The Tulip Tree is one of the fastest growing hardwoods native to North America. Also known as Tulip Poplar, it produces numerous flowers in mid-Spring as well as a gorgeous display in the Fall when the leaves turn a bright, golden yellow color. Reaching heights of 60-90′ tall, the Tulip Tree is an excellent choice for shade trees in your yard and landscaping.
The Tulip Tree is one of the fastest growing hardwoods, at over 2′ per year (60 cm).
Native from Texas to Florida, north to MA/VT/Ontario. West to Iowa.
An important tree for the ecosystem, the flowers provide nectar for pollinators
Larval host to the Tiger Swallowtail Butterfly and Tulip Tree Silkmoth
In general that Tulip Tree will have long straight trunks with little to no branching until higher up in the tree. In a dense forest condition, there may be more irregular (crooked) growth and lower branching. But if out in the open, they are generally tall and straight.
Tulip Tree Bark / Trunk Identification
Mature Tulip Trees can have trunks that are 3-6′ diameter (1-2 m). The bark of a Tulip Tree will have ridges with valleys that are ~1/4-1/2″ deep (1 cm). The ridges will generally run in a vertical direction, while sometimes angling off from vertical.
Tulip Tree Leaf Identification
Tulip Trees have one of the most unmistakable leaf shapes in the forest! The leaf will typically be twice as wide as it is long. Also, the shape will consist of four points, spread evenly from the stem, in almost a semi-circle pattern. The leaf of younger trees will be smaller. The size of the leaf can range be 4″ wide and 2″ long, upwards of 4″ wide to 8″ long.
The flower of the Tulip Tree is pretty, but difficult to see since it occurs up in the canopy. But the flower characteristics will be in the general shape of a tulip. It will be cup shaped and yellow/orange to green in color.
Late in Summer or early Fall, a cone will develop that contains the seeds. Once the fruit /cone is dried and brown it will splay out and release the seeds to be scattered by the wind. Individual seeds occur at the base of a wing that will fall to the earth.
Tulip Tree Roots are more shallow, but woody and branching. It does not have an overly deep taproot.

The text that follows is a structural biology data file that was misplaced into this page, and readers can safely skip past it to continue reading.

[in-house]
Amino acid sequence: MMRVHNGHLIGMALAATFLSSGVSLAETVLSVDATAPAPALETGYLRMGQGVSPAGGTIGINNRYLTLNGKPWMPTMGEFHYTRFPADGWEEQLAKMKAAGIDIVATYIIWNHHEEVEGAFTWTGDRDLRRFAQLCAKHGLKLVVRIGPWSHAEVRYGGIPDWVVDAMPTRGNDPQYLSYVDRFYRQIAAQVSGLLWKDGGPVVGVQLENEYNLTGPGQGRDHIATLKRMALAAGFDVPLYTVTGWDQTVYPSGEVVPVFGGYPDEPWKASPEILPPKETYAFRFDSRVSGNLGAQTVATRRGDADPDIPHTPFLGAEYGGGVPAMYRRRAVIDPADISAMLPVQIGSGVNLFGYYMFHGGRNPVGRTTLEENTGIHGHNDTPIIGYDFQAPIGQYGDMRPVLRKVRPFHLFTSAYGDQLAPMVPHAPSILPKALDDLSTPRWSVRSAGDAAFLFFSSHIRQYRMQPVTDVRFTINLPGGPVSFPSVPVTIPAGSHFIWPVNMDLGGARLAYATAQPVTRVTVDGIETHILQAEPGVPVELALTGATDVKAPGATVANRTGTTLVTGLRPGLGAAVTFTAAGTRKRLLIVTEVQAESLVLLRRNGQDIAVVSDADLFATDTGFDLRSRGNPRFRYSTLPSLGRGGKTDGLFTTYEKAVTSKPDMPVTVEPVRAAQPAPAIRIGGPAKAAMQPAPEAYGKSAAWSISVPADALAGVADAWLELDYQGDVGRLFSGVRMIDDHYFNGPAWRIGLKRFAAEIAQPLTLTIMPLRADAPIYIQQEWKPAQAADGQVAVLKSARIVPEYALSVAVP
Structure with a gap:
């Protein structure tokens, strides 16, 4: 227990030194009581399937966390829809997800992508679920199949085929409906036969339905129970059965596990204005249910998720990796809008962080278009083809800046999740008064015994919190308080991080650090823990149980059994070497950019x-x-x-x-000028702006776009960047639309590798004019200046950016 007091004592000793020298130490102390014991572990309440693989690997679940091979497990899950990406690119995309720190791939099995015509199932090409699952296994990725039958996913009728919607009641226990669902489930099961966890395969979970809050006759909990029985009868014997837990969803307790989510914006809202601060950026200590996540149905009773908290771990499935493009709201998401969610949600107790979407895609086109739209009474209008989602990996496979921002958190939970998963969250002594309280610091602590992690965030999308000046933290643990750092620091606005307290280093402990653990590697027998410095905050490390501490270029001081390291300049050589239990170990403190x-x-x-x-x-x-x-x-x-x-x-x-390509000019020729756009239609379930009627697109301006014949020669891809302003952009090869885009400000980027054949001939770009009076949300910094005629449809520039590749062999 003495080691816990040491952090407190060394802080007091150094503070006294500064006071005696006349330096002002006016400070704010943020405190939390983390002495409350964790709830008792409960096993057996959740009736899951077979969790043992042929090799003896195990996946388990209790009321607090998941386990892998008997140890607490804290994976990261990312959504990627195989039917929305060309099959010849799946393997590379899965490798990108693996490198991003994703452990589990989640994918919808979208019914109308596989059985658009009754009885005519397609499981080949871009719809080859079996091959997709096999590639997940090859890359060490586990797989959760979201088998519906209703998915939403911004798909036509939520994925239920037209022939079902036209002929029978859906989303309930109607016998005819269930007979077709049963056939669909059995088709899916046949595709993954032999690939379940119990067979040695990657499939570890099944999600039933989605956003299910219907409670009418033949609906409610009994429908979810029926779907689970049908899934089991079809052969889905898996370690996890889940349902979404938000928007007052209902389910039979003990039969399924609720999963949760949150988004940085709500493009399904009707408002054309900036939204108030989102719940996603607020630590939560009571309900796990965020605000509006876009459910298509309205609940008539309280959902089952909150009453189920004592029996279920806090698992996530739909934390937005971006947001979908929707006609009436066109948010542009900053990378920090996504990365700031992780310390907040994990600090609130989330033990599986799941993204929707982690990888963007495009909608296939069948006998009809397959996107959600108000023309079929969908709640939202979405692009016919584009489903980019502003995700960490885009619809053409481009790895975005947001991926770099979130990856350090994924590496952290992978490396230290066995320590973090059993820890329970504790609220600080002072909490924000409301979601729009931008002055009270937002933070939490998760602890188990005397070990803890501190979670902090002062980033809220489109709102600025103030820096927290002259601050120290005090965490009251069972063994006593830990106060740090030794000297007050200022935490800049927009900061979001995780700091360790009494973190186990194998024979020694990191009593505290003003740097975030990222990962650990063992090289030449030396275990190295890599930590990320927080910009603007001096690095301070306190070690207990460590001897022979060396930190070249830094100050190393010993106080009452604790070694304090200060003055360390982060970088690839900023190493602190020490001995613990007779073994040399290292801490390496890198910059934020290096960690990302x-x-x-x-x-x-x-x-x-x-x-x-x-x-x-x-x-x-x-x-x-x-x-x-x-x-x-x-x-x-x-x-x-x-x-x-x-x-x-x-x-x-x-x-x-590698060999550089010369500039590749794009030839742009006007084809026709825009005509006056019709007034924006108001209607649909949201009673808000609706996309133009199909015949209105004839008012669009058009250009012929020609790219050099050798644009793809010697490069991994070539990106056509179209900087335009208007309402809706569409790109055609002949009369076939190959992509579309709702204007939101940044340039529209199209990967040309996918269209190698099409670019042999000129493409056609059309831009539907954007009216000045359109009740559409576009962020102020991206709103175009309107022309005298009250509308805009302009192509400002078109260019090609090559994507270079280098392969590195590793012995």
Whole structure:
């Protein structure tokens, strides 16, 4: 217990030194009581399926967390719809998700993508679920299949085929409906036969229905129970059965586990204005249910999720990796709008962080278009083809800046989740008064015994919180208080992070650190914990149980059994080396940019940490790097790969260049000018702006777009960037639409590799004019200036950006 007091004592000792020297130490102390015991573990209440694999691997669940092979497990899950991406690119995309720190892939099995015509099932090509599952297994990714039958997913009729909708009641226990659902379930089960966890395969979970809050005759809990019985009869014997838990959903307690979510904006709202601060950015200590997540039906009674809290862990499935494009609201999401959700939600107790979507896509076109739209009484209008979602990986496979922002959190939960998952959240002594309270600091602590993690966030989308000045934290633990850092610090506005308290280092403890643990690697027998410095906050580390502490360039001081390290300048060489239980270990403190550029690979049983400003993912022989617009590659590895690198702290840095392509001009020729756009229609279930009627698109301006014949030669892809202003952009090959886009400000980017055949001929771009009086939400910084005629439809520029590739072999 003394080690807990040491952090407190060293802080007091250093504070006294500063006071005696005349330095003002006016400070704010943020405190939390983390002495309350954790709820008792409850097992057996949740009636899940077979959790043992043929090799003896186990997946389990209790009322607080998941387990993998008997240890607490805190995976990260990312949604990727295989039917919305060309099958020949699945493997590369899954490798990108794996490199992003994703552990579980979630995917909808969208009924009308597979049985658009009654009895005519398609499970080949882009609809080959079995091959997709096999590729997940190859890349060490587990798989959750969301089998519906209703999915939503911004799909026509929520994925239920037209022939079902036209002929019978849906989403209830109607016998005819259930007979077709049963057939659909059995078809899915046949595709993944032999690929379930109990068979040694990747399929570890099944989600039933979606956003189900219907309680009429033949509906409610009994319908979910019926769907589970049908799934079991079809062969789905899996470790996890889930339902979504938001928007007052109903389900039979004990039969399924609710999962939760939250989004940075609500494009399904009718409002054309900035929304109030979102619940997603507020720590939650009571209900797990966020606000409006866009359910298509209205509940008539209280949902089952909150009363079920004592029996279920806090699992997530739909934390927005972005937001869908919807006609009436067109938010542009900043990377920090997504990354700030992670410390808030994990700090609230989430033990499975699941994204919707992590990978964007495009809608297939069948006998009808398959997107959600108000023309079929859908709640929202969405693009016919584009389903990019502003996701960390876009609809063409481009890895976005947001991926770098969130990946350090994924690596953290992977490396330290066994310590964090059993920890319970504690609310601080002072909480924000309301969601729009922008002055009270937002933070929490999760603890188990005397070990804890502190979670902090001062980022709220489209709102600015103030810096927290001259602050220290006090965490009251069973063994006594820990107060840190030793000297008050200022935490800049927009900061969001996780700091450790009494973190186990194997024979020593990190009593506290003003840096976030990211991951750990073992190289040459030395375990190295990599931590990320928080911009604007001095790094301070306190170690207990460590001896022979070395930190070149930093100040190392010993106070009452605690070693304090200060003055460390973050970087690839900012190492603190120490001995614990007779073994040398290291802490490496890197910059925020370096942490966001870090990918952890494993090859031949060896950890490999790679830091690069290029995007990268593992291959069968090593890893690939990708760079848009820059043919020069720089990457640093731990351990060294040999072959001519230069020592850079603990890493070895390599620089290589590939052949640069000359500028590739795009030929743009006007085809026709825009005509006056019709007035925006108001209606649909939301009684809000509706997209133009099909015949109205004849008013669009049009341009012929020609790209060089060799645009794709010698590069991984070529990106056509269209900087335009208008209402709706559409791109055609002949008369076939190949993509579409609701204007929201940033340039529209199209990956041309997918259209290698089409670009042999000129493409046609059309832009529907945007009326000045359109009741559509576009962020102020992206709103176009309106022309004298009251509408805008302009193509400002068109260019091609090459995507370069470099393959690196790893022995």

Tulip Tree Quick Reference Table
Tulip Tree / Tulip Poplar Quick Reference Table
Tulip Tree, Tulip Poplar
+24″ per year (60 cm) in good conditions
Large Yellow Flowers, high up in the branches
Single Flower, similar to a tulip
60-90’ (20-30 m)
30-50’ (10-20 m)
Full Sun / Partial Shade
Anything with enough organic matter, but prefers loam. Must be well drained.
Well Drained Soil
Just raking leaves! Or pulling unwanted seedlings.
Provide this tree a full sun location in well drained soil, and leave it. Diseases are very rare, and deer and rabbits leave it alone.
None required. Can rake leaves in the fall and pull unwanted seedlings.
How to Establish from Seed
Seed collection should occur in fall. If you are able to reach the fruits / cones where the flowers were, pick them when they are brown/dry. Otherwise, locate a tree and look for small leaves near the ground. These will be single blade leaves, with a seed attached at the base.
To grow from seed, plant the seeds immediately in fall, or cold moist stratify them for 90 days in the refrigerator in a moist growing medium. Planting depth should be fairly shallow, approximately 1/8″ deep (3 mm).
An alternative method for getting Tulip Trees for free
The Tulip Tree will sprout numerous seedlings all over each Spring. I have no trees within 30-50 yards of my house, but I pull 10-20 seedlings each year. This is because the wind does a great job scattering the seed far an wide. So, if you know where this tree grows, you just need to get out there and locate some seedlings. Even at only a couple weeks old, the distinct leaf shape is evident. See pic below for a random seedling that grew in my yard.
But, you just need to dig them up when they are still only a few inches tall, just after true leaves have developed. Then you can safely transplant them to a pot to grow larger, or a location where you want the tree to grow.
This tree will attract bees, butterflies, and other pollinators. It is a great landscape tree to have nearby for wildlife.
Pests and diseases
This tree will attract aphids. But they will not kill the tree.
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Hi - I grew up outdoors in nature - hiking, fishing, hunting. In high school I got my first job at a garden center where I learned to garden and landscape. I've been growing plants from seed and designing native plant gardens for over six years. I hope to share some of my knowledge with you!
Additionally I am a wood worker / DIY enthusiast. I enjoy designing/building projects (with hand tools when I can!). I hope to give you some tips and useful information!